I am grateful to my right hon. Friend for the first part of his question, but he will not expect me to agree with what he said in the latter part. I have already explained to the House the exact details of what is proposed between General Motors and the Land Rover-Leyland group, and, in due course, I shall inform the House of the exact arrangements, if and when the companies produce arrangements that are satisfactory to the Government.
I assure my right hon. Friend that if I was not convinced that the proposals are in the interests of Land Rover and the other parts of British Leyland about which we are talking, I would not put them before the House. I am convinced that such a merger would, if the assurances are satisfactory, lead to substantial benefits to both companies.
Do not the S-bends during the past 96 hours show that the Cabinet is looking increasingly like a headless chicken running around in its death throes?
In persisting in the statement promoting a multinational takeover of British Leyland Truck and Buses by General Motors, is the right hon. Gentleman continuing to tell the House that there is 40 per cent. overcapacity in that sector of the vehicle market? If so, has he tried to convince Oxfam and other aid agencies of that 40 per cent. overcapacity? Is he not aware that they cannot get trucks for Ethiopia and the Sudan to shift food for the millions of starving people?
I am saying that there is substantial overcapacity. I explained that to the House yesterday. I also explained the reasons that led me to believe that if a merger on acceptable terms could be arranged, that would be in the interests of all concerned.
How can the Secretary of State justify the sale of Land Rover to General Motors? Do not the BL interim results show that last year Land Rover made a profit of £5·7 million and had record sales? Is he not aware that the sale of Land Rover will cause widespread dismay, not only among the work force but among all customers of Land Rover throughout the world? Having decided not to go ahead with the discussions with Ford, will the right hon. Gentleman consider the implications for the collaboration with Honda? Does it not place a great cloud over future collaboration? What is to be the future of the arrangement with Honda?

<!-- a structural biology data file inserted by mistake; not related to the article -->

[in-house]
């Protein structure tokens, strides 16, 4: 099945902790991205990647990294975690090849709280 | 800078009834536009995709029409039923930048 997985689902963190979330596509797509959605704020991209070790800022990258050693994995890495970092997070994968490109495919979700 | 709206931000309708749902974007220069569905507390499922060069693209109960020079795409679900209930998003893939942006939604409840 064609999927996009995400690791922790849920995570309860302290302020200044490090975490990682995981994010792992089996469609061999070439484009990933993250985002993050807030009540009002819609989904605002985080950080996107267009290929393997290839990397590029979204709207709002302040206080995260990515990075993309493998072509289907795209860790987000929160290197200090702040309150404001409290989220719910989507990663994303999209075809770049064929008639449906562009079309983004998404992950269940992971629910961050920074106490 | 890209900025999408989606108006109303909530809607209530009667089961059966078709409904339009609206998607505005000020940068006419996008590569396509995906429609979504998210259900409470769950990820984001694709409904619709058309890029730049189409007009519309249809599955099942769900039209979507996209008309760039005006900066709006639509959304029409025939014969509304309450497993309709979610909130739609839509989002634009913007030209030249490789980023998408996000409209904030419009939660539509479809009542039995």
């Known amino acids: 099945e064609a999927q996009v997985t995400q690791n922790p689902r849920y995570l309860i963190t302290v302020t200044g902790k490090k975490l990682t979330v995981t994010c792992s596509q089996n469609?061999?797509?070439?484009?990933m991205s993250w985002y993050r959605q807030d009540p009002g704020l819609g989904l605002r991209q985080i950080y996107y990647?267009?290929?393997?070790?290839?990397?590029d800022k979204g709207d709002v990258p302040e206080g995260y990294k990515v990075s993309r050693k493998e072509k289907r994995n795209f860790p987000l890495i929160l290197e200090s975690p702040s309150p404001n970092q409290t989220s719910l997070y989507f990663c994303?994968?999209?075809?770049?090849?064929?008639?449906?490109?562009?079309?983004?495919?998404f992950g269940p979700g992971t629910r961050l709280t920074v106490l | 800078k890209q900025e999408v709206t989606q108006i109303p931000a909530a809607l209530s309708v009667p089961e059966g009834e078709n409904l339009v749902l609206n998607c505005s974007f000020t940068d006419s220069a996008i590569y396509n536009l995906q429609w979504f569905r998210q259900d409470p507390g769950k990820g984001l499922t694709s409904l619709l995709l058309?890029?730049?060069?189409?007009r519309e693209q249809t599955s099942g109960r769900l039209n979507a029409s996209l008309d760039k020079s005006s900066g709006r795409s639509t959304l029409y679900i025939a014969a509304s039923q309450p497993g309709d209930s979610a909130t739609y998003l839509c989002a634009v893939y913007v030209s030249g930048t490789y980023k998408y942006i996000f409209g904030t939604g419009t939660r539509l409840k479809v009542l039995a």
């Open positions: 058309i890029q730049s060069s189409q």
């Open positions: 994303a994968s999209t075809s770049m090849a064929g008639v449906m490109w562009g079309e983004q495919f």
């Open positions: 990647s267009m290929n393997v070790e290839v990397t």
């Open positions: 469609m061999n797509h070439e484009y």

As I said in my statement, I hope that collaboration with Honda will continue. Austin Rover's collaboration with Honda has been very sucessful, and I see no reason why that should change. I very much hope that it does not.
There are substantial advantages for Land Rover in any deal that may be agreed—and that is the view of the BL board, not just my view. The opportunities for Land Rover in the United States, taking advantage of General Motors' distribution network, could lead to greater sales of Land Rover in the United States and other markets and to substantial opportunities for Land Rover's work force and management. If those assurances I have mentioned can be obtained, it will be a very good deal.
Is my right hon. Friend aware that any objective observer will regard the way in which he has listened to and informed the House as both exemplary and impeccable? However, will he bear in mind that there is still widespread disquiet about the future, especially of the Land Rover-Range Rover group? Will he consider carefully what has been said on that subject from the Conservative Benches?